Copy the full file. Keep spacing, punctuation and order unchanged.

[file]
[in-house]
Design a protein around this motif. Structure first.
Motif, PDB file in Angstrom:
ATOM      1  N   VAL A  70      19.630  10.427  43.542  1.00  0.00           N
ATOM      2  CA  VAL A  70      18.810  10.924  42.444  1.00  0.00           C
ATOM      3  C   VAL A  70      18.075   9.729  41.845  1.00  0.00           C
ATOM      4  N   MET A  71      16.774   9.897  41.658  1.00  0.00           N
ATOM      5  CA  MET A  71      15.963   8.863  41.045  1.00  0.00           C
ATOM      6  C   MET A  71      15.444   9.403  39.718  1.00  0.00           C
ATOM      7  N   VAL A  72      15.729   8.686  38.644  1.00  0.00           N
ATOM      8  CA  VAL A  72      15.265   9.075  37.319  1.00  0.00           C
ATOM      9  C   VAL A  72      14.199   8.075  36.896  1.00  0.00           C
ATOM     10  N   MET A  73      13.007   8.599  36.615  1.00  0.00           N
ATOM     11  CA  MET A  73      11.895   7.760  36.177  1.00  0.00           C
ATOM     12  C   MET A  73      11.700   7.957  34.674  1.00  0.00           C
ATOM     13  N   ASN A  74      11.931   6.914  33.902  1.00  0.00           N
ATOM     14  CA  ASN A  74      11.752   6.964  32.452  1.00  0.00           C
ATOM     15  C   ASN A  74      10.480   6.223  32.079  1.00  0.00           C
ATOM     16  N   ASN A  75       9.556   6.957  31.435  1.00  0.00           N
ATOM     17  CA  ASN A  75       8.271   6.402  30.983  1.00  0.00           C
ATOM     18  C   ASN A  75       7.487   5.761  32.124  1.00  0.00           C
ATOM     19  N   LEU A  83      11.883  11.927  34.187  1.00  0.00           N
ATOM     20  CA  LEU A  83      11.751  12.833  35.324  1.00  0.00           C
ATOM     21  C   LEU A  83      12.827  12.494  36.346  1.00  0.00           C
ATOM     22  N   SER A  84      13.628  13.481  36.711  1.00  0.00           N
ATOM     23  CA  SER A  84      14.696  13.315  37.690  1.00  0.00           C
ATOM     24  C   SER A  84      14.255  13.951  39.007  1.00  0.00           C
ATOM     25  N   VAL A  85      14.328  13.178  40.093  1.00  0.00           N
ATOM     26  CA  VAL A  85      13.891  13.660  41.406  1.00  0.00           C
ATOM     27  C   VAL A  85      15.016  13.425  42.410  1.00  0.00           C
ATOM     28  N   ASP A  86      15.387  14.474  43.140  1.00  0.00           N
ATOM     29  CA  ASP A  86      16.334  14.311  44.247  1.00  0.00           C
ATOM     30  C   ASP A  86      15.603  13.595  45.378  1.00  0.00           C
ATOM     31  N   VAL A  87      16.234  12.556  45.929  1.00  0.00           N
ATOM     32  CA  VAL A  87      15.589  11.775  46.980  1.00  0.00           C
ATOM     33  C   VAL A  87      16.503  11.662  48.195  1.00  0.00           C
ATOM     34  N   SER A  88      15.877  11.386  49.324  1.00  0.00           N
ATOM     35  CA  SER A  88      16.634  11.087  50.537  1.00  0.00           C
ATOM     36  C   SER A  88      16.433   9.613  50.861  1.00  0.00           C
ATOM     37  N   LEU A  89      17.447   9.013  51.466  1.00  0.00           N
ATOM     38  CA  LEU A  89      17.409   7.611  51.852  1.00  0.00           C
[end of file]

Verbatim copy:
[in-house]
Design a protein around this motif. Structure first.
Motif, PDB file in Angstrom:
ATOM      1  N   VAL A  70      19.630  10.427  43.542  1.00  0.00           N
ATOM      2  CA  VAL A  70      18.810  10.924  42.444  1.00  0.00           C
ATOM      3  C   VAL A  70      18.075   9.729  41.845  1.00  0.00           C
ATOM      4  N   MET A  71      16.774   9.897  41.658  1.00  0.00           N
ATOM      5  CA  MET A  71      15.963   8.863  41.045  1.00  0.00           C
ATOM      6  C   MET A  71      15.444   9.403  39.718  1.00  0.00           C
ATOM      7  N   VAL A  72      15.729   8.686  38.644  1.00  0.00           N
ATOM      8  CA  VAL A  72      15.265   9.075  37.319  1.00  0.00           C
ATOM      9  C   VAL A  72      14.199   8.075  36.896  1.00  0.00           C
ATOM     10  N   MET A  73      13.007   8.599  36.615  1.00  0.00           N
ATOM     11  CA  MET A  73      11.895   7.760  36.177  1.00  0.00           C
ATOM     12  C   MET A  73      11.700   7.957  34.674  1.00  0.00           C
ATOM     13  N   ASN A  74      11.931   6.914  33.902  1.00  0.00           N
ATOM     14  CA  ASN A  74      11.752   6.964  32.452  1.00  0.00           C
ATOM     15  C   ASN A  74      10.480   6.223  32.079  1.00  0.00           C
ATOM     16  N   ASN A  75       9.556   6.957  31.435  1.00  0.00           N
ATOM     17  CA  ASN A  75       8.271   6.402  30.983  1.00  0.00           C
ATOM     18  C   ASN A  75       7.487   5.761  32.124  1.00  0.00           C
ATOM     19  N   LEU A  83      11.883  11.927  34.187  1.00  0.00           N
ATOM     20  CA  LEU A  83      11.751  12.833  35.324  1.00  0.00           C
ATOM     21  C   LEU A  83      12.827  12.494  36.346  1.00  0.00           C
ATOM     22  N   SER A  84      13.628  13.481  36.711  1.00  0.00           N
ATOM     23  CA  SER A  84      14.696  13.315  37.690  1.00  0.00           C
ATOM     24  C   SER A  84      14.255  13.951  39.007  1.00  0.00           C
ATOM     25  N   VAL A  85      14.328  13.178  40.093  1.00  0.00           N
ATOM     26  CA  VAL A  85      13.891  13.660  41.406  1.00  0.00           C
ATOM     27  C   VAL A  85      15.016  13.425  42.410  1.00  0.00           C
ATOM     28  N   ASP A  86      15.387  14.474  43.140  1.00  0.00           N
ATOM     29  CA  ASP A  86      16.334  14.311  44.247  1.00  0.00           C
ATOM     30  C   ASP A  86      15.603  13.595  45.378  1.00  0.00           C
ATOM     31  N   VAL A  87      16.234  12.556  45.929  1.00  0.00           N
ATOM     32  CA  VAL A  87      15.589  11.775  46.980  1.00  0.00           C
ATOM     33  C   VAL A  87      16.503  11.662  48.195  1.00  0.00           C
ATOM     34  N   SER A  88      15.877  11.386  49.324  1.00  0.00           N
ATOM     35  CA  SER A  88      16.634  11.087  50.537  1.00  0.00           C
ATOM     36  C   SER A  88      16.433   9.613  50.861  1.00  0.00           C
ATOM     37  N   LEU A  89      17.447   9.013  51.466  1.00  0.00           N
ATOM     38  CA  LEU A  89      17.409   7.611  51.852  1.00  0.00           C